When Tom Quimby, a Mat-Su emergency physician, pleaded with local parents last week to give more serious consideration to the COVID-19 vaccine, he didn’t expect that much would change.
He’d been giving similar — albeit less emotional — pitches for months, and yet his region remained among the state’s least vaccinated. The experience left him skeptical that any more public speaking would have an effect.
But this time, after Quimby described watching unvaccinated COVID-19 patients taking their last breaths, a surprising thing happened: People listened. In the days after his 6-minute address to parents, Quimby said he got a string of messages from people whose minds he changed about the vaccine, or knew someone else who was affected.
He and Dr. Anne Zink, the state’s chief medical officer, said the reaction is an important reminder that Alaskans may be more open-minded about the vaccine than people think. That’s especially the case, Zink said, amid the new surge in coronavirus cases driven by the super-contagious delta variant — which also comes at a time when many Alaskans, and Americans, feel increasingly helpless about their ability to affect the course of the unending pandemic.
Zink still works her own periodic shifts in the Mat-Su emergency room, and she said she encountered five separate patients over the weekend who she thinks are also likely to get vaccinated after talking with her about it.
The new openness appears to be borne out in Alaska’s vaccine data, which show a roughly 80% jump in the number of first doses administered in the first week and a half of August compared to the first week and a half of July: 6,514, compared to 3,619.
“I think we’re too easy to write each other off, or to think it’s over or that there’s total despair,” Zink said in a phone interview. “Delta is different, and we are seeing more people willing to have a conversation about vaccination now than we have in a long time.”
Quimby has been promoting the vaccine in the Mat-Su since early in the rollout, and he said the subject has become so polarized that his work has cost him “a ton of friends.” When Zink asked him to be part of last week’s forum, he was initially resistant.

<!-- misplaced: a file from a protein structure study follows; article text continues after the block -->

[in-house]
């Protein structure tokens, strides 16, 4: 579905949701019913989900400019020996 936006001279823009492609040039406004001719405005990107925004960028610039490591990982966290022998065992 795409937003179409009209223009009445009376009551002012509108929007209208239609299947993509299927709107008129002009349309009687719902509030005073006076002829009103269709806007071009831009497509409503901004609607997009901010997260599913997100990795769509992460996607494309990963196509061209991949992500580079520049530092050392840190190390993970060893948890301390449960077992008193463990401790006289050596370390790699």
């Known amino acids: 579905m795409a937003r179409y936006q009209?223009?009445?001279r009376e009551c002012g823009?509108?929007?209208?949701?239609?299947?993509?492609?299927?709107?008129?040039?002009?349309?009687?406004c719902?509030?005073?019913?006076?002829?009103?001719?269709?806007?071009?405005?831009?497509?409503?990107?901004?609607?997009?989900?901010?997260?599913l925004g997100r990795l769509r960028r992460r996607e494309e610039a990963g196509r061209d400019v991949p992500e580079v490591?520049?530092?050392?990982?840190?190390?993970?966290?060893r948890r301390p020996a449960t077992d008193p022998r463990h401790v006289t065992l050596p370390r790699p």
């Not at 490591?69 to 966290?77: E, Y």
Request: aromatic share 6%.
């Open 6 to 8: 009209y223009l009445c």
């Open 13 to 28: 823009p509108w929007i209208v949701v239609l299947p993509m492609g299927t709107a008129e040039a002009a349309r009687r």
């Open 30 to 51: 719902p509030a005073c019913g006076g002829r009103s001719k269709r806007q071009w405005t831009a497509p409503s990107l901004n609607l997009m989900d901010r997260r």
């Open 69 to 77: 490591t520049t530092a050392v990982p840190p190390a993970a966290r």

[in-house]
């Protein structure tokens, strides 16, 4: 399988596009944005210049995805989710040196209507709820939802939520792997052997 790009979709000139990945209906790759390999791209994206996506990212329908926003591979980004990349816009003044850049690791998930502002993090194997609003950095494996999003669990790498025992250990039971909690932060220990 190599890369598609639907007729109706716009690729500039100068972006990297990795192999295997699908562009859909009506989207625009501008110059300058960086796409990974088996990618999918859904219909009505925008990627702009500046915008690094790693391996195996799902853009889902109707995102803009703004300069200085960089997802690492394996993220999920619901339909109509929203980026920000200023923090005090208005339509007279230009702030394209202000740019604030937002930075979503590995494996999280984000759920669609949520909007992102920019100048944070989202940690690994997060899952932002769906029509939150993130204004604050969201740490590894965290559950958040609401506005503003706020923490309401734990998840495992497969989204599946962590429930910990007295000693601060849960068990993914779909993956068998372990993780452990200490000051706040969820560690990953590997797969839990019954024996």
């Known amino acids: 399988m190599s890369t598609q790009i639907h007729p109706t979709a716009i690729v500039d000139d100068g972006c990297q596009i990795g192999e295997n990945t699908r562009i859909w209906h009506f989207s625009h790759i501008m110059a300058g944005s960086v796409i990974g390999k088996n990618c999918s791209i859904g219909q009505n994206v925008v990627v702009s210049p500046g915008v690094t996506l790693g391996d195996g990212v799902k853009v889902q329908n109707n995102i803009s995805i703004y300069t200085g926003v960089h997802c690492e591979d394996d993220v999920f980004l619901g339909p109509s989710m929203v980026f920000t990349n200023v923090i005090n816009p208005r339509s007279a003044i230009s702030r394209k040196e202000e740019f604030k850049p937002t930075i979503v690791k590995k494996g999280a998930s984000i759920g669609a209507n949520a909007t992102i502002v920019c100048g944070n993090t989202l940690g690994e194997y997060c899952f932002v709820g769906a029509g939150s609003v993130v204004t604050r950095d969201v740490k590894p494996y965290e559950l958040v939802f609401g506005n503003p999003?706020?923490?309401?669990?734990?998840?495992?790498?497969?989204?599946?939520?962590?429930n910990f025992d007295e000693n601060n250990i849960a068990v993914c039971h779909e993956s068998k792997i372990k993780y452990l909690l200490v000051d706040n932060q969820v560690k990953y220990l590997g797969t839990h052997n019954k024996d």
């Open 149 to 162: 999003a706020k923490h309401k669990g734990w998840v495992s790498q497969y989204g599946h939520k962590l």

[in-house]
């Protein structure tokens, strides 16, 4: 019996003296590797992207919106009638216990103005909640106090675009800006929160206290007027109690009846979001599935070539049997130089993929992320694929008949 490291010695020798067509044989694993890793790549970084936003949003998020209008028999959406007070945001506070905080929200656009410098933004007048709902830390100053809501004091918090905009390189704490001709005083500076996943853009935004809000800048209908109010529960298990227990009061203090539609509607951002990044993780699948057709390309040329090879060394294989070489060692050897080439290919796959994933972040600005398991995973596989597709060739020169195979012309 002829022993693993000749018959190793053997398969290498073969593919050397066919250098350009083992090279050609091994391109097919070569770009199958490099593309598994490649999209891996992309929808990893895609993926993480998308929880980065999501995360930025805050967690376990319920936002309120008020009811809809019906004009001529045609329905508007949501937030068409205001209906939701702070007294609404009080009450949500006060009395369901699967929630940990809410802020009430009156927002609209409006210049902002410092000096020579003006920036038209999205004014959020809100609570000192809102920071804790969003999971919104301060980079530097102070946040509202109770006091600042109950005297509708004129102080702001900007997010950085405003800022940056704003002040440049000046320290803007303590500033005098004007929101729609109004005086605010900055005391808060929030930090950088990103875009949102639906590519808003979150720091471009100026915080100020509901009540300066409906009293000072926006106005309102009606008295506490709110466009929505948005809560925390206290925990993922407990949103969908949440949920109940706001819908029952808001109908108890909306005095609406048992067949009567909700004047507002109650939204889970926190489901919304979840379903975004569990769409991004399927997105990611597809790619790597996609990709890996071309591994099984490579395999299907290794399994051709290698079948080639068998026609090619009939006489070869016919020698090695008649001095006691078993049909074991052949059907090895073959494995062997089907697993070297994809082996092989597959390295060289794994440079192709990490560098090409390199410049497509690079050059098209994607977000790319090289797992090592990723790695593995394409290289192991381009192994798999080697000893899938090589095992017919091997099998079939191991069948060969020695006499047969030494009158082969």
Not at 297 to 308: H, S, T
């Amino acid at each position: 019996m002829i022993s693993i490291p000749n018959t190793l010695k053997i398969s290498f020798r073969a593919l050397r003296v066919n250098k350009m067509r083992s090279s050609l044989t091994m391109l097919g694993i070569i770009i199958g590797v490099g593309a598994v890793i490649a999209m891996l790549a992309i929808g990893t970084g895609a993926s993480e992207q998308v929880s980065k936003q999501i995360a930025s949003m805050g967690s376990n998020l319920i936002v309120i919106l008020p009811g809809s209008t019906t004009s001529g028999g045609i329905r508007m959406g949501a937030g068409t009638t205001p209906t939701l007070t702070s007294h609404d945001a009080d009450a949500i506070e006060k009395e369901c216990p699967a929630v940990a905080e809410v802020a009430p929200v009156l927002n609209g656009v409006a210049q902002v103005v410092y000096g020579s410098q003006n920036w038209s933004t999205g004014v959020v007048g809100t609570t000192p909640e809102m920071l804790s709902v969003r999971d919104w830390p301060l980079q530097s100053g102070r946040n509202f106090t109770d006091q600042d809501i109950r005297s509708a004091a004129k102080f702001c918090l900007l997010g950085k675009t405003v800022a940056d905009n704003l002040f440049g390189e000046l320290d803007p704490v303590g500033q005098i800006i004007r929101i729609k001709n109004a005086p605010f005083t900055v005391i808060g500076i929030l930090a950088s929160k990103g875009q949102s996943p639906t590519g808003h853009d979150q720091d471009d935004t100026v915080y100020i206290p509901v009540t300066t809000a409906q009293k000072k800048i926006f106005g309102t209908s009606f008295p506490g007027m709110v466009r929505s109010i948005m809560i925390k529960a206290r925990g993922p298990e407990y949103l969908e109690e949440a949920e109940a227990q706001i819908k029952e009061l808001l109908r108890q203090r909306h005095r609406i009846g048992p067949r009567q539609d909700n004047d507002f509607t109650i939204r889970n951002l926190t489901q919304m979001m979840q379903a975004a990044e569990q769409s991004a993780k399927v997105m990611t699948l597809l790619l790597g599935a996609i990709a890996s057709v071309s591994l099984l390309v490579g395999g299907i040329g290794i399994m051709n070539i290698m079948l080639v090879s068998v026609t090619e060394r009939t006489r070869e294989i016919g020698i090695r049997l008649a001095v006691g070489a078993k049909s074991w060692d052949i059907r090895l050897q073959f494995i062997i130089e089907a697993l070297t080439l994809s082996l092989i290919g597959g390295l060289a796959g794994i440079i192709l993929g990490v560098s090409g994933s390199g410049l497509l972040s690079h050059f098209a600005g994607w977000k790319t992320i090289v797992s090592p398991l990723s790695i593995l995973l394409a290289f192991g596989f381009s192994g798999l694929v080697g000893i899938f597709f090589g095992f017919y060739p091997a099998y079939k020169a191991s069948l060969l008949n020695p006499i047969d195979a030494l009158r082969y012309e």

“I didn’t really want to go,” he said. “I just told her, ‘I think this is all just a waste of time.’”
Quimby joined the online event just after a tough shift in the emergency room working with seriously ill, unvaccinated COVID-19 patients. And he made an impassioned plea to participants to consider getting the shots.
“I’ve been putting breathing tubes in patients almost every shift. Our ICU has a capacity of 16 beds. The only reason we haven’t filled it up is because people have been dying and opening beds up,” Quimby said at the forum. “I wish I had something different to tell you.”
Multiple news outlets, including Alaska Public Media, published Quimby’s remarks, and people shared them hundreds of times on social media. Then, Quimby started getting messages.
Among them was a person he didn’t know, who said their husband was about to go in for his second shot.
“He received one at the end of April, along with me. He then decided he wasn’t buying into COVID and wouldn’t get the second shot,” the message read. “I asked him to listen to your five-minute speech, as nothing I’ve shared with him has made him realize the severity of the situation. Your words and genuine nature caused him to say, ‘Make me that appointment.’ I want to thank you for the impact on my family and for all you’re doing.’”
That was far from the only message: Quimby said he heard similar stories from about a dozen people.
Zink, the chief medical officer, said she thinks there’s increasing openness to the vaccine as delta surges, with attitudes shifting particularly among school-aged children and their parents.
Like for Quimby, Zink said last week was a tough one for her. In a different briefing, she described the hospital as “the most depressing place I have worked in my career.”
But, she said in a phone interview Monday, hearing people in the emergency room coming around to the vaccine over the weekend helped change her own attitude.
“That, alone, made my whole month, to have those patients make that decision,” she said.
Quimby’s takeaway was the same: While some people in the Mat-Su are still attacking him for his advocacy, he said the messages he received gave him new energy to keep pushing Alaskans to get vaccinated.
Quimby also heard from a number of people he knew who’d said little about the vaccine, leaving him under the assumption that they were skeptics. Instead, they thanked him.
“These people just poured out of the woodwork and said, ‘Thanks for giving us a voice. Thanks for speaking up. We’re behind you,’” he said. “I just had no idea. I was shocked.”
One other lesson, Quimby said, was that after months of making data-driven arguments about the vaccine, it was a personal, emotional one that broke through.
Meanwhile, he added, the situation in the Mat-Su emergency room is still grim.
Over the weekend, Quimby treated an unvaccinated COVID-19 patient who came to Alaska for a parent’s funeral, then had his other parent die from the virus, and caught it himself.
As Quimby’s shift ended, he said, the man’s condition was deteriorating.
Editor’s note: This story has been updated with new vaccine data released by the state.